Keeping the terms of a will updated is not only common but is also a recommended estate planning practice. We go through many changes daily, some significant enough to affect our plans and aspirations. That being said, it is essential to update our wills to reflect our current wishes. Below are some of the common reasons why testators revise their wills.
Changes in available properties
It is usual for testators to add or remove properties in their wills, especially for those who made the estate planning too early on in life. Building a life includes building assets. And when an individual finds success, they may add more properties to their will.
On the other hand, properties are not always permanent in the hands of an owner. Whether because of a sale or lien, the testator may no longer be a property’s owner and would have to remove the same from the will.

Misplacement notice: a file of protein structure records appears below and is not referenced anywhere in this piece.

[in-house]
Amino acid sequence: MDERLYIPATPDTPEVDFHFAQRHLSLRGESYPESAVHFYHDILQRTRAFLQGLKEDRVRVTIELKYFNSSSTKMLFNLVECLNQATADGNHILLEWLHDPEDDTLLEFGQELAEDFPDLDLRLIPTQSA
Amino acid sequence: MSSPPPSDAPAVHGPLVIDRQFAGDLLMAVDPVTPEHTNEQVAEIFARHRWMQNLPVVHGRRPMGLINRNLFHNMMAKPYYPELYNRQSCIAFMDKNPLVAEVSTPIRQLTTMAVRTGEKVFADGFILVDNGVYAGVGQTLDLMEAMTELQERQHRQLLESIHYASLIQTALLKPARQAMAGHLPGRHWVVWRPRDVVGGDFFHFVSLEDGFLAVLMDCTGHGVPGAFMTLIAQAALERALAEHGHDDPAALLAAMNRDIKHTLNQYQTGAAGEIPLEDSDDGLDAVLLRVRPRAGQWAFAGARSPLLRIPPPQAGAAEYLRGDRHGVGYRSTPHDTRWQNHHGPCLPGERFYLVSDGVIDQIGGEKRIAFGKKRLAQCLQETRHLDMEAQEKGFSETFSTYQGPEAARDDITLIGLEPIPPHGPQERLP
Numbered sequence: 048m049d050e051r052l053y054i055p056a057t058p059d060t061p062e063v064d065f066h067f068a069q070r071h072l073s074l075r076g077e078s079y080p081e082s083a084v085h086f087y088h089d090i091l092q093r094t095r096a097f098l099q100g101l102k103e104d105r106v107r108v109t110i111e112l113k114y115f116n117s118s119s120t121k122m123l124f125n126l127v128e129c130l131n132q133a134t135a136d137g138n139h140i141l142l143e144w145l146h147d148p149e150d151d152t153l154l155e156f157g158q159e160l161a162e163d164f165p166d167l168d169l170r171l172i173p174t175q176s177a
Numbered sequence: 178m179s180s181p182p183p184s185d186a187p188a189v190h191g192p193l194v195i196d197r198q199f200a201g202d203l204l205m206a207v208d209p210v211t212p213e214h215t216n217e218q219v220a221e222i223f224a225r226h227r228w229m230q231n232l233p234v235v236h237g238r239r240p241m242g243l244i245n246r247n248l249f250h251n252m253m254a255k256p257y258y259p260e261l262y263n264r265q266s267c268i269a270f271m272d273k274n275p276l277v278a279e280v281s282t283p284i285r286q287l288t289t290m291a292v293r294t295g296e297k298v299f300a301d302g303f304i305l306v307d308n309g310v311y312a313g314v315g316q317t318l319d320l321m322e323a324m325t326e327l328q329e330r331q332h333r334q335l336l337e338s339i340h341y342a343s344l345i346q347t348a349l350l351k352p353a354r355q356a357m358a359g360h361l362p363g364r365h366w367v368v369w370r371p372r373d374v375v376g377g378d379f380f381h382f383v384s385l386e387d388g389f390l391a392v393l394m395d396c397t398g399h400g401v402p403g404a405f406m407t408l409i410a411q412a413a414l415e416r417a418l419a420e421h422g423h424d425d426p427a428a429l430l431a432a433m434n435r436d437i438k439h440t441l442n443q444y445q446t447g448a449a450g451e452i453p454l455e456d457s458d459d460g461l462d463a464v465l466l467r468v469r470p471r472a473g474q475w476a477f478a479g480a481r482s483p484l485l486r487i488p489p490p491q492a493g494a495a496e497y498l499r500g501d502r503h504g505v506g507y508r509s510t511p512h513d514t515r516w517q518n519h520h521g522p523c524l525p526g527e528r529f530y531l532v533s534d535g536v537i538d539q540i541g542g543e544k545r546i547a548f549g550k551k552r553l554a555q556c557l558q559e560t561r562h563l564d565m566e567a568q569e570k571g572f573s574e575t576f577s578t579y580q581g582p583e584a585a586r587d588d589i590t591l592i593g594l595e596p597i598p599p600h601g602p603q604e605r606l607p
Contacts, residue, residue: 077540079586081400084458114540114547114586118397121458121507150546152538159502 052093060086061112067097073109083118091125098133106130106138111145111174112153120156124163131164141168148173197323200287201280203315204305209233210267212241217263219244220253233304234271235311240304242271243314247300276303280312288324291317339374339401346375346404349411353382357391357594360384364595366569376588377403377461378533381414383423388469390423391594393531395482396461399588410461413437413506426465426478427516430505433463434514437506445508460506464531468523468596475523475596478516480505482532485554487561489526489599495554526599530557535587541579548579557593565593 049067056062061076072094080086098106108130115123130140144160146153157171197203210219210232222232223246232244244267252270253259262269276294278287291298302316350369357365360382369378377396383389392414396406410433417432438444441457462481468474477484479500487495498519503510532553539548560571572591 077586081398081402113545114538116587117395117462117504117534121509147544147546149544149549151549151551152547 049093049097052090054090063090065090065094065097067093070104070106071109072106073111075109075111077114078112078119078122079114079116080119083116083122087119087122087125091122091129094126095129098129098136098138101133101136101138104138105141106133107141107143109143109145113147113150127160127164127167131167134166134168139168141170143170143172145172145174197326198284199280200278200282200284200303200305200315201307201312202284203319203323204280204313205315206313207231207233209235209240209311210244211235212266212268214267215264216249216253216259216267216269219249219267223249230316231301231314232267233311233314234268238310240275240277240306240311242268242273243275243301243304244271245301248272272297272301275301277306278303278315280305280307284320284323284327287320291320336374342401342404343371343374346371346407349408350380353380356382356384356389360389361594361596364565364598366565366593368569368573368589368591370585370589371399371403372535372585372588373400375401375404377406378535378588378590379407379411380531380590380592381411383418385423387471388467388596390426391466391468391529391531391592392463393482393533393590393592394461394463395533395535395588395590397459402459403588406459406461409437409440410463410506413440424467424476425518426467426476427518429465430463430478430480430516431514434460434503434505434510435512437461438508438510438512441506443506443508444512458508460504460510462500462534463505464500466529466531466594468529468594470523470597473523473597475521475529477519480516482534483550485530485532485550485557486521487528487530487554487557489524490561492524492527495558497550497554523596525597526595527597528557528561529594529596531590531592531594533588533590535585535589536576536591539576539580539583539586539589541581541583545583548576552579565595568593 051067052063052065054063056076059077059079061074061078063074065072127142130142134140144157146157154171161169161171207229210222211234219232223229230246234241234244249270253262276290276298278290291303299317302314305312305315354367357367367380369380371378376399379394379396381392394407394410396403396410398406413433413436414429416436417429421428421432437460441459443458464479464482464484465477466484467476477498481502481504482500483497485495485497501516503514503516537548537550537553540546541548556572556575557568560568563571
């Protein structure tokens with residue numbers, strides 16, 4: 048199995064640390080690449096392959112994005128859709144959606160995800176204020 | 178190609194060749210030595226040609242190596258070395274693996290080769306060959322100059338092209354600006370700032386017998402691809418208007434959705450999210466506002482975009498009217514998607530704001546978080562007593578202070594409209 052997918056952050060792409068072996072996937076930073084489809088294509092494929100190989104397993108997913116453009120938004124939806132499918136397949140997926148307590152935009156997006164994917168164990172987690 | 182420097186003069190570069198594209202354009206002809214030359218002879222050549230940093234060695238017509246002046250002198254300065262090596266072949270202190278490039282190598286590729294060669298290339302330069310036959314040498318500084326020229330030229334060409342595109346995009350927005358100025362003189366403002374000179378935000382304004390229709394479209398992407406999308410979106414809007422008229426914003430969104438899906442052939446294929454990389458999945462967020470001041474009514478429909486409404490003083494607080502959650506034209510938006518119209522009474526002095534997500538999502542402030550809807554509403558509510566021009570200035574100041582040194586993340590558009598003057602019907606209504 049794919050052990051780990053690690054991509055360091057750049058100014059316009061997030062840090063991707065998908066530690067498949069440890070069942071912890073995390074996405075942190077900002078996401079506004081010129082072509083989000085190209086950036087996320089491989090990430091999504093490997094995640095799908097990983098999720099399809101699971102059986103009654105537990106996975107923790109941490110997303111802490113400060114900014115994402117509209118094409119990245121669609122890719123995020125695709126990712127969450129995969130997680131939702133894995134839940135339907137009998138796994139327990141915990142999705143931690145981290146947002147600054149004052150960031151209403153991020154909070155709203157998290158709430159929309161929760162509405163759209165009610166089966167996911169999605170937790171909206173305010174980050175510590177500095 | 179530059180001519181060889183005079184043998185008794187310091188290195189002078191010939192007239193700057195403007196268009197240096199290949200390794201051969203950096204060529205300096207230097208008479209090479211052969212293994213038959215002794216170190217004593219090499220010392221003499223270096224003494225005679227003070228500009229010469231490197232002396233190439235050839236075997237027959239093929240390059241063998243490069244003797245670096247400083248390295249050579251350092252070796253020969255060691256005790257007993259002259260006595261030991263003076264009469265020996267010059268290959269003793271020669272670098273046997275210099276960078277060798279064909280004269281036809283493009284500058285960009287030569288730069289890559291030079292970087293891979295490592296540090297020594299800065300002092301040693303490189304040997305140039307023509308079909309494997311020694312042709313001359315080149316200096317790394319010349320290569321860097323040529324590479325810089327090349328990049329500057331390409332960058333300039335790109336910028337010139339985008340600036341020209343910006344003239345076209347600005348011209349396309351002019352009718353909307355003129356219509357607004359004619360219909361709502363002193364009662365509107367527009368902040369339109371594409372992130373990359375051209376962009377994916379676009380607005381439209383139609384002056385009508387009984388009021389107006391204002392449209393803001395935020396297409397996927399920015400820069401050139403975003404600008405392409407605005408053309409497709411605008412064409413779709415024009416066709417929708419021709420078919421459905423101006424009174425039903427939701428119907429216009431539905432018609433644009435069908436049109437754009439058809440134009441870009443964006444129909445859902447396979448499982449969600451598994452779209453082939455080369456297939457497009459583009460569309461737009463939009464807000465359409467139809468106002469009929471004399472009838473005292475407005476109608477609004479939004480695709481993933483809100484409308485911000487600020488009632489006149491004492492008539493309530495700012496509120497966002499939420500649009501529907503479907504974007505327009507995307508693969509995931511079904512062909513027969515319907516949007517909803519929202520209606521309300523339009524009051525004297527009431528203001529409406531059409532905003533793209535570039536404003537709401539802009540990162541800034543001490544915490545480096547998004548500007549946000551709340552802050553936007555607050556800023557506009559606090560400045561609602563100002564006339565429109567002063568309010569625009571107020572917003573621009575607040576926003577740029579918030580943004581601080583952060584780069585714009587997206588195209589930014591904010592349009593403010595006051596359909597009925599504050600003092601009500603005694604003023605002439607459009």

Adding or removing beneficiaries
A testator can add or remove beneficiaries from the will. The modification can be for reasons such as a beneficiary’s death, the birth of a child, a divorce or simply because of a lost connection.
Replacing an unsuitable executor
The testator may also redesignate the executor if the original named executor is no longer available or suitable for the position.
Ensure the validity of the will changes
As simple as changing a term of the will may be, it is essential for a testator to meticulously review the changes and think about how the alteration can affect the estate administration in the future. Moreover, as a testator, you should be wary of the state’s requirements on will modifications. For instance, Maryland does not allow direct alterations to the original will. Rather, the testator must execute an additional document called a codicil. Having a legal expert review your documents can help you ensure the validity of your will and the modifications made.